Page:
Chicago Stock Exchange
Published: February 7, 2016
Chicago Stock Exchange, The 134-year-old Chicago Stock Exchange reached a deal on Friday to be acquired by a Chinese-led group of investors.
The purchase by Chongqing Casin Enterprise Group is the latest U.S. investment made by China and would give the country a foothold in the vast American stock market.
The struggling Chicago Stock Exchange is a very small player in the exchange world whose presence is overshadowed by Nasdaq (NDAQ), the iconic New York Stock Exchange and newer entrants.
As of January, the Chicago Stock Exchange handled just 0.5% of U.S. trading, making it the third-smallest U.S. exchange, according to TABB Group.
Terms of the Chicago acquisition were not released. Privately-held Casin Group was founded in 1997 and has investments in real estate, environmental protection, finance and other areas. The Chicago Stock Exchange is minority-owned by a group that includes Bank of America (BAC), E*Trade (ETFC), Goldman Sachs (GS) and JPMorgan Chase (JPM).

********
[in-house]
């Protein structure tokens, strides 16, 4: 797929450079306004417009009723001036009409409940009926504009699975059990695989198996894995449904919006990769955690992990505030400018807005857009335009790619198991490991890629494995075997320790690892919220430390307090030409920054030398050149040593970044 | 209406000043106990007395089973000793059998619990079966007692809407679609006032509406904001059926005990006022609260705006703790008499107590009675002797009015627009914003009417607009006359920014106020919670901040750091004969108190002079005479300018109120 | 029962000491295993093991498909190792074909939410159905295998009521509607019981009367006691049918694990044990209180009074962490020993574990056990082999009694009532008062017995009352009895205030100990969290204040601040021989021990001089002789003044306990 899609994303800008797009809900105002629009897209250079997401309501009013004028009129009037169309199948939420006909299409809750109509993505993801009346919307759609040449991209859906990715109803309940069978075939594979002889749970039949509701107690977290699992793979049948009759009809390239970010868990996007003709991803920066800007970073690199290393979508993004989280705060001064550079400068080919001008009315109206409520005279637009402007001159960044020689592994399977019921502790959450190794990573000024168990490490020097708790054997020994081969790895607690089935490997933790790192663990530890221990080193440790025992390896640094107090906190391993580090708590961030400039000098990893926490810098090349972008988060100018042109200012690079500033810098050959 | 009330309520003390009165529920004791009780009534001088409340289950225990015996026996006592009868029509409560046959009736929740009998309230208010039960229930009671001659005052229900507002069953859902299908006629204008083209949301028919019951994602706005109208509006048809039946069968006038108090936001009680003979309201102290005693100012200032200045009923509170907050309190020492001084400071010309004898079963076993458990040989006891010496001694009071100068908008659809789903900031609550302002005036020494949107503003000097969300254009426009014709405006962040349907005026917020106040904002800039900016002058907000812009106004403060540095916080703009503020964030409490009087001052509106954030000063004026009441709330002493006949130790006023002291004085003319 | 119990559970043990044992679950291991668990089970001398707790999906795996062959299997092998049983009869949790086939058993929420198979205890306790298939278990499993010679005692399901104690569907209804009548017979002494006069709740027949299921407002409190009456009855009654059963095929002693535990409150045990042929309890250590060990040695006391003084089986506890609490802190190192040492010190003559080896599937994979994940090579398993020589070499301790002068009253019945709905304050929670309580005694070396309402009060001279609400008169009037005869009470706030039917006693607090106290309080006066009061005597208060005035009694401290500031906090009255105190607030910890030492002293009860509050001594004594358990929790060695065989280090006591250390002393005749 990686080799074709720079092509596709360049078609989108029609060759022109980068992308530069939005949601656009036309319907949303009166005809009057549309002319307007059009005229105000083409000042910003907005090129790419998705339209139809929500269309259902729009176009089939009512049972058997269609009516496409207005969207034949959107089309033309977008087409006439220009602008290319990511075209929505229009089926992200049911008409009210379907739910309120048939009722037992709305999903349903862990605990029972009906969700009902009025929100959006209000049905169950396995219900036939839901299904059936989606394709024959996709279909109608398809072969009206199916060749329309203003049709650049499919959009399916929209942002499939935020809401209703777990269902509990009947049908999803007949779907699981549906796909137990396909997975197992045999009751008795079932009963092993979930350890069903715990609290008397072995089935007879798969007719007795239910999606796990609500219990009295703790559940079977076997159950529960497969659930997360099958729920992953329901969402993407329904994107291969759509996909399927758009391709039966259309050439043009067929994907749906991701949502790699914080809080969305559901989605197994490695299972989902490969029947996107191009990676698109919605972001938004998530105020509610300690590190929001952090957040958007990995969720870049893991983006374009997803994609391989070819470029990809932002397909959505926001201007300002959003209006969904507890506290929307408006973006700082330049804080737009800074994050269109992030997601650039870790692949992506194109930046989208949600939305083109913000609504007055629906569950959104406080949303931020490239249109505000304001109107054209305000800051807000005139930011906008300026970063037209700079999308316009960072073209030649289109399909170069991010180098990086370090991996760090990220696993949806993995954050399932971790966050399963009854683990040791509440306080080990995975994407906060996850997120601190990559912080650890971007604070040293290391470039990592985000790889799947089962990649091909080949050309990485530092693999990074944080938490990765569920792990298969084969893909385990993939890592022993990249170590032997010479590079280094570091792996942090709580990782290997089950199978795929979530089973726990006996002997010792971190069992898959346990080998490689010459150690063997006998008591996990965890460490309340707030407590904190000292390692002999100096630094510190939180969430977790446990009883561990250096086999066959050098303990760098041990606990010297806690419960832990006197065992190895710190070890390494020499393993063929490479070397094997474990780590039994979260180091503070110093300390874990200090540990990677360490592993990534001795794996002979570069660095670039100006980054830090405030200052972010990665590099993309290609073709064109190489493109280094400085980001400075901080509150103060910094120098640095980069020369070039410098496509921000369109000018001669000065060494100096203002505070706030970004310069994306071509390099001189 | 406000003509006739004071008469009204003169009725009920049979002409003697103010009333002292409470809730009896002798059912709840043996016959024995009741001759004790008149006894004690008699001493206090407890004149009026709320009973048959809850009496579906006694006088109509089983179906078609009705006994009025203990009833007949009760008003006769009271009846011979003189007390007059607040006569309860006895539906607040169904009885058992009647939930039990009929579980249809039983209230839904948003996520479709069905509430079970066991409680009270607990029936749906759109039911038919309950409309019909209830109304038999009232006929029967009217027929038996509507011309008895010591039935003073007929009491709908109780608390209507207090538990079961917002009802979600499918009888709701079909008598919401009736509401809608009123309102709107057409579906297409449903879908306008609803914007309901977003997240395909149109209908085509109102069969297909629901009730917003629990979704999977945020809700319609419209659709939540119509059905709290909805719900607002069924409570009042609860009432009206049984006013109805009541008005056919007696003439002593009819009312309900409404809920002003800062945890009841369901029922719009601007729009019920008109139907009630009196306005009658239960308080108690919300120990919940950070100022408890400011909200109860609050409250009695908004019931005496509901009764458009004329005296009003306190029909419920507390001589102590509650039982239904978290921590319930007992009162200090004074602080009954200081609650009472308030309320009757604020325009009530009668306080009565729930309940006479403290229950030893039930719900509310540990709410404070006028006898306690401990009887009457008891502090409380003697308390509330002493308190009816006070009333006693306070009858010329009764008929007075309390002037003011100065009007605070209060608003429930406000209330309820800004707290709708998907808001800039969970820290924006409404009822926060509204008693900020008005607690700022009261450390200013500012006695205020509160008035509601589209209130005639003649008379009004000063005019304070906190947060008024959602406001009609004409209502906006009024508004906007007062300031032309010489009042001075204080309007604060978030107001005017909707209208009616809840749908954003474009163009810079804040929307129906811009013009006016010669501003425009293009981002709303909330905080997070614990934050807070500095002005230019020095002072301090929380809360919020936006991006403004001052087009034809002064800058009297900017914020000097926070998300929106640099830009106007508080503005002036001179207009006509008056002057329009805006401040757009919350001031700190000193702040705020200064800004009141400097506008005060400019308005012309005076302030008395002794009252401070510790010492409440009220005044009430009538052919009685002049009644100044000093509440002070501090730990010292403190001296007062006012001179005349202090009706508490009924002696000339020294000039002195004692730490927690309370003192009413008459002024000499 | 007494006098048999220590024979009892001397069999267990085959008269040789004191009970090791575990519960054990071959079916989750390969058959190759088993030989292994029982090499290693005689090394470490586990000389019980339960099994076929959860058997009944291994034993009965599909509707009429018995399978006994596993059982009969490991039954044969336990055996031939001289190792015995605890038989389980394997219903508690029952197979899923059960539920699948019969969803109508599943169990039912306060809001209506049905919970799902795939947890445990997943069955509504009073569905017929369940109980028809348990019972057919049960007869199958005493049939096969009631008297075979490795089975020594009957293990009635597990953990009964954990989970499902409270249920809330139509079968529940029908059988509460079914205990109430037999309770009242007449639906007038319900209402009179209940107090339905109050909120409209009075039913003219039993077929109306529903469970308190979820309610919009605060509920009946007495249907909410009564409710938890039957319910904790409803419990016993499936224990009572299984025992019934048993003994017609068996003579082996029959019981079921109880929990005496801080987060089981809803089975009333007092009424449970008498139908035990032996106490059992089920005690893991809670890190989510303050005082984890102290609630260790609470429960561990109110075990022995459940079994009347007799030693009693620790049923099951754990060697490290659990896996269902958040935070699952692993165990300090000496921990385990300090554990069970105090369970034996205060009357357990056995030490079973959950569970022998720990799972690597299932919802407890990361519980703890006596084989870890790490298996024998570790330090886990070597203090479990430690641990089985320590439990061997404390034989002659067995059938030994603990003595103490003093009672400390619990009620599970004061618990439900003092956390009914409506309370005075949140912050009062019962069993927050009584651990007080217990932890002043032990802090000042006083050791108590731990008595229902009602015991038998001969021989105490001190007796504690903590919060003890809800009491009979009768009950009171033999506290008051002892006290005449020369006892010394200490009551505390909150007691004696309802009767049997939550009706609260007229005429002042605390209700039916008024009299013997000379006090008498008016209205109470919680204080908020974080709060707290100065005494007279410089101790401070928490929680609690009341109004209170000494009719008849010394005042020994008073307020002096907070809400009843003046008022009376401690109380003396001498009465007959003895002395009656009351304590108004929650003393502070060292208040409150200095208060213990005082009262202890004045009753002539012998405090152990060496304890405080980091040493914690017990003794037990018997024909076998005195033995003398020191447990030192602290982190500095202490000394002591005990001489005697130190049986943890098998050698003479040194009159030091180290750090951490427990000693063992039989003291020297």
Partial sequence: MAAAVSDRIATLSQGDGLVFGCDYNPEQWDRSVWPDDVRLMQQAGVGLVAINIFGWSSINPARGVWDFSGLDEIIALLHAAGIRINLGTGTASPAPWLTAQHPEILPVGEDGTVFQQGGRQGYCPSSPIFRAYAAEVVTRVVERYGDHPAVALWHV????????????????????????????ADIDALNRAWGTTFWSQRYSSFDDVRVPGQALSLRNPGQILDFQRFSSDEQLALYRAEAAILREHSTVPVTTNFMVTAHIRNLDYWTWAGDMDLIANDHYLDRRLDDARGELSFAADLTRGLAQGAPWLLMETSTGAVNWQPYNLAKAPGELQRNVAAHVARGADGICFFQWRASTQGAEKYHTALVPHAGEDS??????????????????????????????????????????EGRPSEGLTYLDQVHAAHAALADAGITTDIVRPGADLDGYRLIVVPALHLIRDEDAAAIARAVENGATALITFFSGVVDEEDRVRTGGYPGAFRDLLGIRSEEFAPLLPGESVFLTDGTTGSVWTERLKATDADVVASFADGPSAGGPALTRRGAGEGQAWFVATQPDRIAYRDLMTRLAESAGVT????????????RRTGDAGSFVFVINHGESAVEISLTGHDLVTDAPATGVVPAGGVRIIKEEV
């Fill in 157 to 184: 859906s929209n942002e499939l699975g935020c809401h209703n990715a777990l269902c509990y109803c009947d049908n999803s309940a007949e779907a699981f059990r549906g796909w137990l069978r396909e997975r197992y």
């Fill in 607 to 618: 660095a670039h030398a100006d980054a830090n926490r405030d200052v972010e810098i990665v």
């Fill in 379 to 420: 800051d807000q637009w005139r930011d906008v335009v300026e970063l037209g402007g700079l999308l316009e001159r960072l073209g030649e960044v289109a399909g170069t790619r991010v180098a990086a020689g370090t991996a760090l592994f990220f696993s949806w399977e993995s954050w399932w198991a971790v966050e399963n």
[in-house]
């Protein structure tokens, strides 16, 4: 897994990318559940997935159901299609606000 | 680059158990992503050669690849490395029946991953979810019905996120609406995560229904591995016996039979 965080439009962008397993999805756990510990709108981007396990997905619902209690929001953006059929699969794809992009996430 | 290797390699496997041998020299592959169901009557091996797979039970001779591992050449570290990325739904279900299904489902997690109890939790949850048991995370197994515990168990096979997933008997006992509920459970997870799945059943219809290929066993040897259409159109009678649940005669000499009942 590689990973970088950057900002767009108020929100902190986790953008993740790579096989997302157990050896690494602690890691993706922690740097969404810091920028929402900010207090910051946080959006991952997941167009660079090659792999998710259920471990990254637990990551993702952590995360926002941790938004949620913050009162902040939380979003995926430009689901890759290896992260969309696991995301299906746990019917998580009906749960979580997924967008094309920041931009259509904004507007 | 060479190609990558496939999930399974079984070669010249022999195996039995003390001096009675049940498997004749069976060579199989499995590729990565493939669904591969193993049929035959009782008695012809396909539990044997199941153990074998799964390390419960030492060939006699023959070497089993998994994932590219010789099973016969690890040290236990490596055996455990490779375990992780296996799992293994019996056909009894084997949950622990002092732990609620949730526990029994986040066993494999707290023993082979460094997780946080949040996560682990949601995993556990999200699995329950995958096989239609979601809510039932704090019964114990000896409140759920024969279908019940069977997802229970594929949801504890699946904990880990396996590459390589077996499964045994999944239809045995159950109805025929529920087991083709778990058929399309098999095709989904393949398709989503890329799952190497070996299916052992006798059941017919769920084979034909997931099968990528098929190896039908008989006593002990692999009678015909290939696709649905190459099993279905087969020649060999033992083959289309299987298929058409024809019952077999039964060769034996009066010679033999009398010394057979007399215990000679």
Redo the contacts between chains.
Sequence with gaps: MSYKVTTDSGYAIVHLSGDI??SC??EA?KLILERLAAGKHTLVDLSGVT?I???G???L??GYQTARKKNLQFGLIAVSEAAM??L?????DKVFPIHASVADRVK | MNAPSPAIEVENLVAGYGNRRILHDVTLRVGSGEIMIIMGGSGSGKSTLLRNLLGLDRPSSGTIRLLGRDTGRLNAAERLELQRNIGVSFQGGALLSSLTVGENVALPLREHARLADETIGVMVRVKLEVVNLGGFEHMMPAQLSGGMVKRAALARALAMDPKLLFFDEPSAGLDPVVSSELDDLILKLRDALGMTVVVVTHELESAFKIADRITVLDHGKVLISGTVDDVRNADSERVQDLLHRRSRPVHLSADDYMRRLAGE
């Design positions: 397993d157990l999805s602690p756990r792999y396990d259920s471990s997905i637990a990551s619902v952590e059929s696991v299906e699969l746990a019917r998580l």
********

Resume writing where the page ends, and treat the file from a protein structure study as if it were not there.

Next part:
It’s not clear yet if the acquisition of the tiny Chicago Stock Exchange will face any political hurdles. Some prominent lawmakers opposed the attempted takeover of NYSE in 2011 by Deutsche Boerse, (DBOEF) a German company. That deal later collapsed and NYSE was acquired by Intercontinental Exchange (ICE) in 2012.
The Chicago Stock Exchange is “such a small player. It’s certainly not as iconic as the New York Stock Exchange,” said Joel Hasbrouck, a finance professor at New York University.
There is precedent for foreign ties to U.S. exchanges. For instance, in 2007 Nasdaq merged with OMX, a Nordic exchange, becoming Nasdaq OMX Group. It has since changed its name back to Nasdaq.
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